All Blacks halfback Aaron Smith has today opened up on how the incident involving a woman in a Christchurch airport toilet last year badly affected him, saying he should have taken time away from the game.

Smith, who plays his 100th game for the Highlanders on Friday, said a break from rugby to repair the damage done to himself and his partner and family would probably have been better than his continuing to play for the All Blacks.

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After travelling home by himself from South Africa once the story broke in October Smith's form suffered badly.


"It was a huge mistake by me, obviously," Smith said. "Just the effects it had on me mentally - it really affected me and my performance. The way it hurt my family and my partner and myself, obviously, it was just a really tough time.

"I probably should have put rugby on the back-burner then and focused on myself and my family, but we're passed that, I've learned a lot from it and I think a lot of positives have come from that incident for me, personally, on the field and off-field. I'm just really excited about this year and I think it's finally coming out in my game.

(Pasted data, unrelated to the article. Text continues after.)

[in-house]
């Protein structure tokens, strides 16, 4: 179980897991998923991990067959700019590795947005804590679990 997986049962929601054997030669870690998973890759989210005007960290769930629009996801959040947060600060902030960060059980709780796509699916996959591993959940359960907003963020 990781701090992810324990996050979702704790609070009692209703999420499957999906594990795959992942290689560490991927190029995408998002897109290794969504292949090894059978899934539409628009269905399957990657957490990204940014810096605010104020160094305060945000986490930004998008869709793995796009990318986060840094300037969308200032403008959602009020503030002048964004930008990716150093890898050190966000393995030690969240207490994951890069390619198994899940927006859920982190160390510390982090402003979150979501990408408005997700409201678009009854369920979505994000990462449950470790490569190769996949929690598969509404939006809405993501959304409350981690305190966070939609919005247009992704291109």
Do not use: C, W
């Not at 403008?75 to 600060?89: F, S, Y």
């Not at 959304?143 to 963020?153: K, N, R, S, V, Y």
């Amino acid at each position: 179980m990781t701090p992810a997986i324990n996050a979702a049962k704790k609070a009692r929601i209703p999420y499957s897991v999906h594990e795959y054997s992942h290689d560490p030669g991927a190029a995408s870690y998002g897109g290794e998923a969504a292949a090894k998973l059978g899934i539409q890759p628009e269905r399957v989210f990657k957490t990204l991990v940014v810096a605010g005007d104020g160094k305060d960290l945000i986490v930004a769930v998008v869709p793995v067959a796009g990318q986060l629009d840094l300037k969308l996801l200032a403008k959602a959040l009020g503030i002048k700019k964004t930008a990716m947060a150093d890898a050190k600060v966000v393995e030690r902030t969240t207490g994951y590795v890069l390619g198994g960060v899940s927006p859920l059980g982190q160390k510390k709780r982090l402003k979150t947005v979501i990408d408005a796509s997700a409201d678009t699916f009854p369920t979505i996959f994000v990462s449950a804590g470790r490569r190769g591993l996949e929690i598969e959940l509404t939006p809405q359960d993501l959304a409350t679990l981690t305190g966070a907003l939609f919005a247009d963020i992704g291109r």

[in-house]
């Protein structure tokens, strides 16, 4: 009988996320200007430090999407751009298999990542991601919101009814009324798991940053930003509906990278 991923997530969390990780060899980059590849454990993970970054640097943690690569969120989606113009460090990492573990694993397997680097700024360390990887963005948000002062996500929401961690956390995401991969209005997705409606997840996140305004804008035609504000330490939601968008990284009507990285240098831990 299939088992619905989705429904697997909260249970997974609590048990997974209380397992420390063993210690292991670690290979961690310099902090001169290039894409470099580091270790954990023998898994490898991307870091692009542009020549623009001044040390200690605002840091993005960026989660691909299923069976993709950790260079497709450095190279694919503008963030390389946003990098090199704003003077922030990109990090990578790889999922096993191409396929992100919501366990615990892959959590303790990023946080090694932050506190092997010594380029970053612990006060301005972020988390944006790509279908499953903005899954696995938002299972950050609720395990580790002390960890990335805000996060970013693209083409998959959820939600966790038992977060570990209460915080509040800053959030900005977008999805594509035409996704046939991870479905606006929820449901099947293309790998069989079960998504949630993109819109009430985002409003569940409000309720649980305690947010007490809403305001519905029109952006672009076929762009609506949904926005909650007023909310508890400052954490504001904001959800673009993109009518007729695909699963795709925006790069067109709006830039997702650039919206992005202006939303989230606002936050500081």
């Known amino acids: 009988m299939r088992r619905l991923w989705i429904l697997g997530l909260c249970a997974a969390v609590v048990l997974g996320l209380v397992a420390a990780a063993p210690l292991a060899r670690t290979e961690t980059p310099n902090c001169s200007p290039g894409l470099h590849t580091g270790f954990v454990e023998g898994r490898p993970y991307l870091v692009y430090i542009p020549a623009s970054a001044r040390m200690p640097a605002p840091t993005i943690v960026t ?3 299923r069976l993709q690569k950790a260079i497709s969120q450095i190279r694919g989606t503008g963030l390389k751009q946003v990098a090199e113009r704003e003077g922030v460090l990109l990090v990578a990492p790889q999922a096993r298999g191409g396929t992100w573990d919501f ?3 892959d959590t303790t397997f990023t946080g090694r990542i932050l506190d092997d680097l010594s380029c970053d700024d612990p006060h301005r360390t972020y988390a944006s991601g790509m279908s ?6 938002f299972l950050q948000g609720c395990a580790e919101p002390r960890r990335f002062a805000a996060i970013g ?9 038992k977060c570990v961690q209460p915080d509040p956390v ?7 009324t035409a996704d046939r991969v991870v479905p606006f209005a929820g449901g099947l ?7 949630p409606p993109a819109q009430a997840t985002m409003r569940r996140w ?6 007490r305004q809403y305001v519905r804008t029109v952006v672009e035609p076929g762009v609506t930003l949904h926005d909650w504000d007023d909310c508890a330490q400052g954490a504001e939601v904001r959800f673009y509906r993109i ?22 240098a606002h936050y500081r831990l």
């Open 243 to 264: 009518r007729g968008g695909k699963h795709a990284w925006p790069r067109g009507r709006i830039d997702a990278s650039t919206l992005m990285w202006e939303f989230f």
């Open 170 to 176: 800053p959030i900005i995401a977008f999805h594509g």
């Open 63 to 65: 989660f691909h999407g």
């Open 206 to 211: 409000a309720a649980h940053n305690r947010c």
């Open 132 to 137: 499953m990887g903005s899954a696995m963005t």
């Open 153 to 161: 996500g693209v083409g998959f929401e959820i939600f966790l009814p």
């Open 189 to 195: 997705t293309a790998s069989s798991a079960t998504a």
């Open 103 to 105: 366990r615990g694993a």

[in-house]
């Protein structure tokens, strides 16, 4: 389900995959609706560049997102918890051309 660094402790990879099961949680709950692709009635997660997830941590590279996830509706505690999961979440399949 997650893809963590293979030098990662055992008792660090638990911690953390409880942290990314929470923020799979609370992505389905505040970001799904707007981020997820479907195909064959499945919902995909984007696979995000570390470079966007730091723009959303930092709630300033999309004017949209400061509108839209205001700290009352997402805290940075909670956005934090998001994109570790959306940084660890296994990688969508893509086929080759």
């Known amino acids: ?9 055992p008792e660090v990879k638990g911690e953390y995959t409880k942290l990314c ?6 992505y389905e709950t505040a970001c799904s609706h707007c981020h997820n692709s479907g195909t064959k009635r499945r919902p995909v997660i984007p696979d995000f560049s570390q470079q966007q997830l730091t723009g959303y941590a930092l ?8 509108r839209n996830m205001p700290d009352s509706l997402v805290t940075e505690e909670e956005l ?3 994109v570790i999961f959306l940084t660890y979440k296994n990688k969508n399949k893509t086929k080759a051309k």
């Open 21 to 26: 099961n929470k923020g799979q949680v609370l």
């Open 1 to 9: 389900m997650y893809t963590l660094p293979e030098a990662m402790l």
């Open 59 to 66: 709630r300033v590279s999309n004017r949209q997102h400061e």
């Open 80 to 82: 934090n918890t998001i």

"I've had heaps of help. I've done a lot of counselling and sought out the right people. But also from incidents like that you learn who your real friends are. It puts everything in perspective. As I've said, a lot of positives have come from it for me. I'm feeling really good in my life and with my family and hoping I can turn a page on that."

Smith, who struggled on the All Blacks' November tour and was dropped for TJ Perenara for the final test against France in Paris, said he re-discovered his love for the game once that tour was over.

"It got the point where rugby was over for the year and in the summer break - I remember thinking at Christmas that I was already excited to play."

Asked if he thought his poor decision at Christchurch airport might have hindered his playing 100 matches for the Highlanders, Smith said: "No, not for the Highlanders. If anything, I was jeopardising my All Blacks career."